A: Yes, Tabeguache Peak is considered a Colorado fourteener with an elevation of 14,155 feet. It ranks as the 26th highest peak among Colorado’s 58 fourteeners. However, it’s worth noting that Tabeguache Peak is often overshadowed by its more popular neighbor, Mt Shavano, and is usually hiked in conjunction with it.

A: Tabeguache is pronounced as “TAB-uh-wash.” The name is derived from a Native American tribe affiliated with the Ute Nation, and like Shavano, it has historical and cultural significance in Colorado.

A: Tabeguache Peak has an elevation of 14,155 feet above sea level. Although it is slightly lower than Mt Shavano, it still offers stunning panoramic views and serves as an excellent extension for those looking to summit multiple fourteeners in a single outing.

The mountains are calling: They need our help

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Notice: The material presented in this route guide may not be comprehensive or precise and should not be solely relied upon when planning your climb. Inadequate experience, physical fitness, supplies, or equipment may result in injury or fatality.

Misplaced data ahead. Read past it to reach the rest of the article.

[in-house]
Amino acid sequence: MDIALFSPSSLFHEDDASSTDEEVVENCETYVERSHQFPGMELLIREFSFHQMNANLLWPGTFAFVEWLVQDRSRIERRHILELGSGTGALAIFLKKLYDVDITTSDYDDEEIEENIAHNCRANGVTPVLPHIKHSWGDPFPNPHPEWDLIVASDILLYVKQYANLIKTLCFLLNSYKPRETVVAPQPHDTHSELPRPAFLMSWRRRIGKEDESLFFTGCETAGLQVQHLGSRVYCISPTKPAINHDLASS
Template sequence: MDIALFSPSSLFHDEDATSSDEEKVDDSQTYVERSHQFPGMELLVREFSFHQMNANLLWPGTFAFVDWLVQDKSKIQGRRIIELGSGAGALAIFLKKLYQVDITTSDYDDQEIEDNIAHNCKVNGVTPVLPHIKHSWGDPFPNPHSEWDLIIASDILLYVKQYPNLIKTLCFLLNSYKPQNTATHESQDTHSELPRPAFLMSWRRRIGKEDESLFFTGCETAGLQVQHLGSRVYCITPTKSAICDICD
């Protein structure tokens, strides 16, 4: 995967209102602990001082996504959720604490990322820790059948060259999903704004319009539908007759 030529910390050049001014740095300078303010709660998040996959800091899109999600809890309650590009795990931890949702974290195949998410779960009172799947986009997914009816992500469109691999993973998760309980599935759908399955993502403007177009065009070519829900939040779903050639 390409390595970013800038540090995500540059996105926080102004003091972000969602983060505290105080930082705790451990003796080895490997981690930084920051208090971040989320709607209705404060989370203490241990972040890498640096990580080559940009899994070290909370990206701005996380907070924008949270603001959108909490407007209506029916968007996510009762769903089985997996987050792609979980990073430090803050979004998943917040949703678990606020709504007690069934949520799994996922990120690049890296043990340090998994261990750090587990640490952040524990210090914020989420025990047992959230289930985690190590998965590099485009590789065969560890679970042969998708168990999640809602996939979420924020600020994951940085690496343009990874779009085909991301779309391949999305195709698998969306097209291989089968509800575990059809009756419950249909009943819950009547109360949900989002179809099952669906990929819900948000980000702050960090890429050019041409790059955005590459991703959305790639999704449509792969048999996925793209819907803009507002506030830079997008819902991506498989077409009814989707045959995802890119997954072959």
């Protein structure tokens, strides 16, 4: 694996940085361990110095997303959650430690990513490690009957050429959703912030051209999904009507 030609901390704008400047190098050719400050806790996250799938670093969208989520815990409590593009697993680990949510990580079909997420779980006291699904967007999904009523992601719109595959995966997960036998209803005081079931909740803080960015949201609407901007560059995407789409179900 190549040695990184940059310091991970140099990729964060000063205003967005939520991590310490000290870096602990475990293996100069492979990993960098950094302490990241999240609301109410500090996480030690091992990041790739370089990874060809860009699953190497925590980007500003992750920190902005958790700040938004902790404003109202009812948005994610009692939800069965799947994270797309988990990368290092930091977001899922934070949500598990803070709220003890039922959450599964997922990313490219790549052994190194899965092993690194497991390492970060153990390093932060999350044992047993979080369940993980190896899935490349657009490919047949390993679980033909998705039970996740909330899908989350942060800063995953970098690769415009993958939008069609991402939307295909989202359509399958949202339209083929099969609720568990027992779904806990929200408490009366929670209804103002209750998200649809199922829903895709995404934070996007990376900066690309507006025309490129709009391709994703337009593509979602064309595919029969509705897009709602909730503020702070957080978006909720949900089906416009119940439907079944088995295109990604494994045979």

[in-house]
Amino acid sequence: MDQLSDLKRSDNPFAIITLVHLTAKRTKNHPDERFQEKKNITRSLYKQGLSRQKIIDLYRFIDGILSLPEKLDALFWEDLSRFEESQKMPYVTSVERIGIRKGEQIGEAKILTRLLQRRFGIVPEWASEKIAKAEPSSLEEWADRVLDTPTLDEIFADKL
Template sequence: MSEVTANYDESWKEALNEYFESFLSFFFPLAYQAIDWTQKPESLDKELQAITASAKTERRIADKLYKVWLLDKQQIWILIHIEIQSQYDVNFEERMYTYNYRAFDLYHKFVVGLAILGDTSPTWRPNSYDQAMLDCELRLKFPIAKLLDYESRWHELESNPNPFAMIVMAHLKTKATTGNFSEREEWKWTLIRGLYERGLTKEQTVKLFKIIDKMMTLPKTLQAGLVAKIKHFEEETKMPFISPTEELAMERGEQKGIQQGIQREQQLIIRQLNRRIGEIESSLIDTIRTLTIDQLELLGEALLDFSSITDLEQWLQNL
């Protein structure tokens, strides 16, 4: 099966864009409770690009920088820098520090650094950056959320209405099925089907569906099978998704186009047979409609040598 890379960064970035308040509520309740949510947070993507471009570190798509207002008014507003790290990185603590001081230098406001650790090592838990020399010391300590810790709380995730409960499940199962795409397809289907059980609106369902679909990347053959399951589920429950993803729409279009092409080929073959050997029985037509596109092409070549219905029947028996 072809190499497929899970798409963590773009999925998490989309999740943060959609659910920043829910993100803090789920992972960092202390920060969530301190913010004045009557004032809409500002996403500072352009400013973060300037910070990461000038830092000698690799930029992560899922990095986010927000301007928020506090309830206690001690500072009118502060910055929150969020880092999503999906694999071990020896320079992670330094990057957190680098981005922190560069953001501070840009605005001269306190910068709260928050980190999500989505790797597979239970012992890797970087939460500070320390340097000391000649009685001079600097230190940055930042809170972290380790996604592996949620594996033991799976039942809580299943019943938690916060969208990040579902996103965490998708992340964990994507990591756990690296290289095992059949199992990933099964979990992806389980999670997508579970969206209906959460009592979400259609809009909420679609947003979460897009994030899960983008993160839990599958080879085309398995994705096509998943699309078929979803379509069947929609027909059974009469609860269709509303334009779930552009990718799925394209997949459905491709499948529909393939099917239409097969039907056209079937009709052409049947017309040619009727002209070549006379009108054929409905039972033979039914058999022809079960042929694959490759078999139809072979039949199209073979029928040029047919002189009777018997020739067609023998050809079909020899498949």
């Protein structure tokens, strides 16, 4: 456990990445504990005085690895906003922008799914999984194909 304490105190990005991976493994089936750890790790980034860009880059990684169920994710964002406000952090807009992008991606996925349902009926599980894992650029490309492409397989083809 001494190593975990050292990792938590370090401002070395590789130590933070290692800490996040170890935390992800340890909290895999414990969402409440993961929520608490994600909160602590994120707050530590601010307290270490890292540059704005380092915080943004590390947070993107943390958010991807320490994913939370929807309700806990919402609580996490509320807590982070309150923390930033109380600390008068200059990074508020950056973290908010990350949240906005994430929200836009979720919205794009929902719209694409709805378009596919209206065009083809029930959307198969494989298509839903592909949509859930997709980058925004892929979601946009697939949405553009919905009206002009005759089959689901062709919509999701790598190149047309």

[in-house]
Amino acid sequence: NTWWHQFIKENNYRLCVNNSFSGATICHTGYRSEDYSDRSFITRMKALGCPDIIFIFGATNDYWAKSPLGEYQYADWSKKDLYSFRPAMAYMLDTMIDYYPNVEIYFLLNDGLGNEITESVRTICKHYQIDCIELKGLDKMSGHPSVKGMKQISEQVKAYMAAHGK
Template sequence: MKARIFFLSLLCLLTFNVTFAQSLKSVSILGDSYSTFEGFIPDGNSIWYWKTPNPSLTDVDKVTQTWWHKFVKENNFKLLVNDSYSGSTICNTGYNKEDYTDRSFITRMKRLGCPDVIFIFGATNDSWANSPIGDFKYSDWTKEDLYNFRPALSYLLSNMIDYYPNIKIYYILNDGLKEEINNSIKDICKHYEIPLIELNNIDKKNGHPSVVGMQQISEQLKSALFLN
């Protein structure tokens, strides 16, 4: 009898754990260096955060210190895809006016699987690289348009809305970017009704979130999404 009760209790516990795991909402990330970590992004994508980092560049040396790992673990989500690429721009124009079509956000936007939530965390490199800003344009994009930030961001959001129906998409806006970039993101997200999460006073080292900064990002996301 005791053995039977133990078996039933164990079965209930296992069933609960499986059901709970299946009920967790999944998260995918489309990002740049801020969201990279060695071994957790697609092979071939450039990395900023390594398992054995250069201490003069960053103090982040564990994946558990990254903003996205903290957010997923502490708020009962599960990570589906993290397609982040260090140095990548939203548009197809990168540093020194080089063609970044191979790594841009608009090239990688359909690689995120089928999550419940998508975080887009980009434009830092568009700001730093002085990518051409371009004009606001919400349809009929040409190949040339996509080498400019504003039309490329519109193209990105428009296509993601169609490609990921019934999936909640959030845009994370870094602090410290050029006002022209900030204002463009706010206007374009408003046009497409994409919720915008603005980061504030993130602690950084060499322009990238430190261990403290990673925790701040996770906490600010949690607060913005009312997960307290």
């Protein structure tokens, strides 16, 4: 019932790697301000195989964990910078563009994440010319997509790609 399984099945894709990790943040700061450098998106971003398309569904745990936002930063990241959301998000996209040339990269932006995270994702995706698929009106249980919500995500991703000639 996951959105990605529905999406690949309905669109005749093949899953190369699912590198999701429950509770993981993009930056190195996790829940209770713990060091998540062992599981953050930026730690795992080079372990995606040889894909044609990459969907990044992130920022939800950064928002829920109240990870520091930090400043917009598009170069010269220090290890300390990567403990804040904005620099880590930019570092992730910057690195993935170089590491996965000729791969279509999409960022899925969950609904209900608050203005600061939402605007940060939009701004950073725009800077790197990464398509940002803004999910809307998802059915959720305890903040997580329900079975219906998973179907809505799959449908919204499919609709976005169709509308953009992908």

The Next Summit and the author(s) of this hiking guide offer no guarantees, neither explicit nor implied, regarding the accuracy or dependability of the information provided.

By utilizing the information herein, you agree to indemnify and absolve The Next Summit and the hiking guide author(s) from any claims and demands against them, including any legal fees and expenses. 

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Alex Derr, Founder of The Next Summit

Alex Derr is an Eagle Scout, climber, and environmental policy expert located in Denver, Colorado. He created The Next Summit to help others stay safe exploring the mountains and advocate to preserve the peaks for the future. Follow him on Linkedin or Twitter or click here to contact him.

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In 2018, I watched in disbelief as dozens of people hiked into a storm on Longs Peak, unaware of the extreme danger. Soon after, I started The Next Summit to educate and empower the public to safely and responsibly explore America's mountains.